With 10 years officially under Bitcoin’s belt (soon to be 11), the digital asset we know and love has evolved so much throughout the years. Despite that, there are still a lot of people who don’t know much about it. Some just know the bare minimum: how to buy and sell bitcoin

But there’s so much more to Bitcoin than just buying and selling. Obviously, it’s impossible to go over everything, but to start, here are 5 fun facts you should know about bitcoin: 

The First Bitcoin Purchase

When bitcoin was created in 2009 and its white paper released to a cryptography mailing list, a lot of people seemed skeptical about the idea of a “peer-to-peer electronic cash system.” It took a while before it received its first exchange rate but believe it or not, the first-ever bitcoin purchase was for 2 Papa John’s pizzas. 

The trade-off came out to a whopping 10,000 bitcoin for those two pizzas. The transaction happened on May 22, 2010, and now, May 22 is regarded by the cryptocurrency community as Bitcoin Pizza Day. At that time, the equivalent of 10,000 bitcoins was $41—which makes sense for 2 Pizzas… at that time. With bitcoin’s price surge, it might have been a life-changing transaction that changes a person’s life. 

At the time of writing (Oct 14, 2019), the equivalent of 10,000 bitcoin would be at around $83.1 million USD. 

Bitcoin’s Finity

Unlike the fiat currencies we’re used to, bitcoin actually has a limited supply of 21 million. At this time, there are around 17 million bitcoins in circulation—meaning that there are only ~4 million bitcoins left to be mined. Many have found similarities before between bitcoin and gold, but this is by far the biggest one. Gold cannot be created out of thin air in arbitrary amounts, it’s extracted from our Earth and put into circulation. The market then dictates the price. 

This has posed a big question to bitcoin enthusiasts around the world—what will happen when all the bitcoins are mined? The speculations have ranged from apocalyptic to serendipitous but one thing’s for sure: the miners are going to lose their block rewards. This will, in turn, cause miners to rely solely on transaction fees as their income—making mining very unaffordable unless transaction fees rise to a level that’s adequate for mining profitability. 

If all the bitcoins are mined and everyone starts using bitcoin as a medium of exchange, then who knows? Transaction fees might not have into increase and it might be able to sustain the profitability of miners. 

Using Bitcoin as a Means of Passive Income

The greatest thing about bitcoin evolving in the last 10 years is that people are starting to find new ways to make a profit with it. One of which is to make use of a bitcoin affiliate program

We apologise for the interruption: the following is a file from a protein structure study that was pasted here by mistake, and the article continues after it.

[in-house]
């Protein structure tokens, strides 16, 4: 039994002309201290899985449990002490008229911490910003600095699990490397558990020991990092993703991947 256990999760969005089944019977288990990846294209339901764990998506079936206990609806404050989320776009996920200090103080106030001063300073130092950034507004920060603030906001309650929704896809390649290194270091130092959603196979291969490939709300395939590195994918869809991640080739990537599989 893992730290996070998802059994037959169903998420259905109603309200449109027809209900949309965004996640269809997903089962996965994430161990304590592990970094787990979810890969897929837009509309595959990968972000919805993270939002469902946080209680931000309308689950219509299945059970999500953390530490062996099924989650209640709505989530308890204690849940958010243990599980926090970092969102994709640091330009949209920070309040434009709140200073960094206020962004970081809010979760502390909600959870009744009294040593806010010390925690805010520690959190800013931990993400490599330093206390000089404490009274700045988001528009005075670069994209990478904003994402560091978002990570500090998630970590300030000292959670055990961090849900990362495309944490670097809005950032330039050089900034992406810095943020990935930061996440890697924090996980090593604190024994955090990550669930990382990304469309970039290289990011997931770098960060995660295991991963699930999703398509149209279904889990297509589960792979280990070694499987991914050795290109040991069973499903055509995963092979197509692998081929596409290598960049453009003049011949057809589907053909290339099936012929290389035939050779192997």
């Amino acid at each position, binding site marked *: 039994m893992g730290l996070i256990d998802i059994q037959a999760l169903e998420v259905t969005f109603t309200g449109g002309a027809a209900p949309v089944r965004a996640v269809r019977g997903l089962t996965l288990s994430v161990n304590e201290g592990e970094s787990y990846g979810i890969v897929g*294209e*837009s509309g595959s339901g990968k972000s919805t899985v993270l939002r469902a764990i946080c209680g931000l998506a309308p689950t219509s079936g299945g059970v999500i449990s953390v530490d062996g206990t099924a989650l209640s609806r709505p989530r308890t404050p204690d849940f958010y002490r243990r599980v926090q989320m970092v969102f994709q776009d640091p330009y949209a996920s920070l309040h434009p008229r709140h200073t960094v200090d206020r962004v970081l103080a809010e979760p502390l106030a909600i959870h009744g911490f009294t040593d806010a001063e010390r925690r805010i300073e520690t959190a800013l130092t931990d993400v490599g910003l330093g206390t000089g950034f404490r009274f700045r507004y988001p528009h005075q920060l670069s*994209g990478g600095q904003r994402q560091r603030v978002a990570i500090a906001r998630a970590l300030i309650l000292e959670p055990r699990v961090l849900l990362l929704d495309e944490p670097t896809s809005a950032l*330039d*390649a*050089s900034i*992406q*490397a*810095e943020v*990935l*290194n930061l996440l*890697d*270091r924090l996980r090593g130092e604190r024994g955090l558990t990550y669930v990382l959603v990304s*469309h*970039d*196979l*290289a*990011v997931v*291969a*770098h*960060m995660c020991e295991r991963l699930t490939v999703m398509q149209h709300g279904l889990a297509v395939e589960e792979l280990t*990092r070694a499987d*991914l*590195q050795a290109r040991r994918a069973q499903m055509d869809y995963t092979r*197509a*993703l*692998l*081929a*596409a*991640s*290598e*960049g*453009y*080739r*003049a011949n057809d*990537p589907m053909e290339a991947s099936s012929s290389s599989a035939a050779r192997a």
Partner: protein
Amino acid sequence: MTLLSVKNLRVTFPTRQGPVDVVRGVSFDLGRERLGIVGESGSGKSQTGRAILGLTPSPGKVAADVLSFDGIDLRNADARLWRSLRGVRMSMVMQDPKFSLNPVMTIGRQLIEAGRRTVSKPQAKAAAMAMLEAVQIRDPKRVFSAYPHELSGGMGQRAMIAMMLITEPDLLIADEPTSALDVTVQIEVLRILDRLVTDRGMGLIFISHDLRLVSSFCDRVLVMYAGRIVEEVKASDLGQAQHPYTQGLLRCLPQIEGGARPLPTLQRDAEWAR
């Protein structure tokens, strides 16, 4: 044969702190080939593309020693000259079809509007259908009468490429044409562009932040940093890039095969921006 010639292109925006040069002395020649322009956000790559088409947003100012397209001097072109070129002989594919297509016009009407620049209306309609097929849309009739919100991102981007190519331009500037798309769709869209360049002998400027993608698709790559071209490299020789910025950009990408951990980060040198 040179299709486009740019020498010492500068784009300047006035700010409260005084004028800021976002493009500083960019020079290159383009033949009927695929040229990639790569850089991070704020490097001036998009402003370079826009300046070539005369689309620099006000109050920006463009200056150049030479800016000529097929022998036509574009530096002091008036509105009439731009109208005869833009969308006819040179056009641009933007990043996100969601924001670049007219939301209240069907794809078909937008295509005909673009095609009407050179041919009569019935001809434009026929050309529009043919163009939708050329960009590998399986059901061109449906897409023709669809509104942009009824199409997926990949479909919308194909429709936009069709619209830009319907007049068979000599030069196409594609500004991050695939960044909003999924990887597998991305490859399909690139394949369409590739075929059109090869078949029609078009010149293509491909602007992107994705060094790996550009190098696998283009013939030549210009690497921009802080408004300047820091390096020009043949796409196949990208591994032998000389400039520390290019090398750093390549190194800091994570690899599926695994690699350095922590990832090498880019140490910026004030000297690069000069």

Each Bitcoin exchange/peer-to-peer marketplace has its own program, with some obviously better than the others. The best programs out there should really allow you to make a steady passive income, allowing you to make money just by having friends that like to trade. 

To give you an example of how you can do so, let’s use Paxful’s affiliate program. Paxful is one of the leading peer-to-peer marketplaces in the world and they have a great affiliate program. Their program has two tiers: the first tier is made up of people who signed up on Paxful directly using your affiliate link; the second tier is made up of people who signed up using your tier 1’s affiliate link. From all successful trades made by your tier 1 affiliates, you get 50% of Paxful’s escrow fee. From your tier 2 affiliates, you get 10% of the escrow fee. With these two tiers, you have the ability to generate a passive income if your affiliates remain active. 

Bitcoin’s Mysterious Creator

If you don’t know the identity of Bitcoin’s creator, it’s okay. We don’t know it as well. Surprisingly, Bitcoin’s creator has stayed anonymous in an extremely-digital environment. The creator went by the pseudonym of Satoshi Nakamoto—and although most people think that he’s a man, many people have speculated that it could be a woman or even a bot named Robosatoshi. 

Satoshi claimed to have written the bitcoin code in 2007. The white paper was then published in 2008, with the first block—the Genesis Block—being mined in 2009. Later that year, the Bitcoin website was created and Satoshi began collaborating with other developers to help evolve the Bitcoin software. In 2010, Satoshi stepped down and left bitcoin in the hands of his/her/its successor—Gavin Andersen. Satoshi returned in 2011 to leave one last message, saying that he/she/it had “moved on to other things” and that Bitcoin was in the good hands of Gavin Andersen. 

Since then, there have been many theories to who Satoshi Nakamoto could possibly be. However, there is still no definite answer to the question—and who knows if we’ll ever get one.

Not as Ostracized as Before

We’ve spoken a lot about how Bitcoin has evolved over the years and there is evidence of that out there. Nowadays, more and more businesses are starting to accept bitcoin as a payment method and that shows that more people are starting to trust the digital asset. People no longer just invest in bitcoin, but they now also have the ability to spend on whatever they like.

The businesses that accept bitcoin as a payment method vary from extravagant and flamboyant things like 2-person submarines, replica wooly mammoth tusks, and tickets to space to more practical things such as paying your taxes, having food delivered, and online furniture shopping. Businesses nowadays are starting to see how practical bitcoin can be to their internal economy and how it can simplify payments for both sides. 

More Than You Know

We’ve only covered a limited scope of what a lot of people don’t know about bitcoin. There is still a lot more to learn (even for us) and it’s extremely interesting to think about where this digital asset is going in the future. 

There are exciting times ahead of us, very exciting times indeed.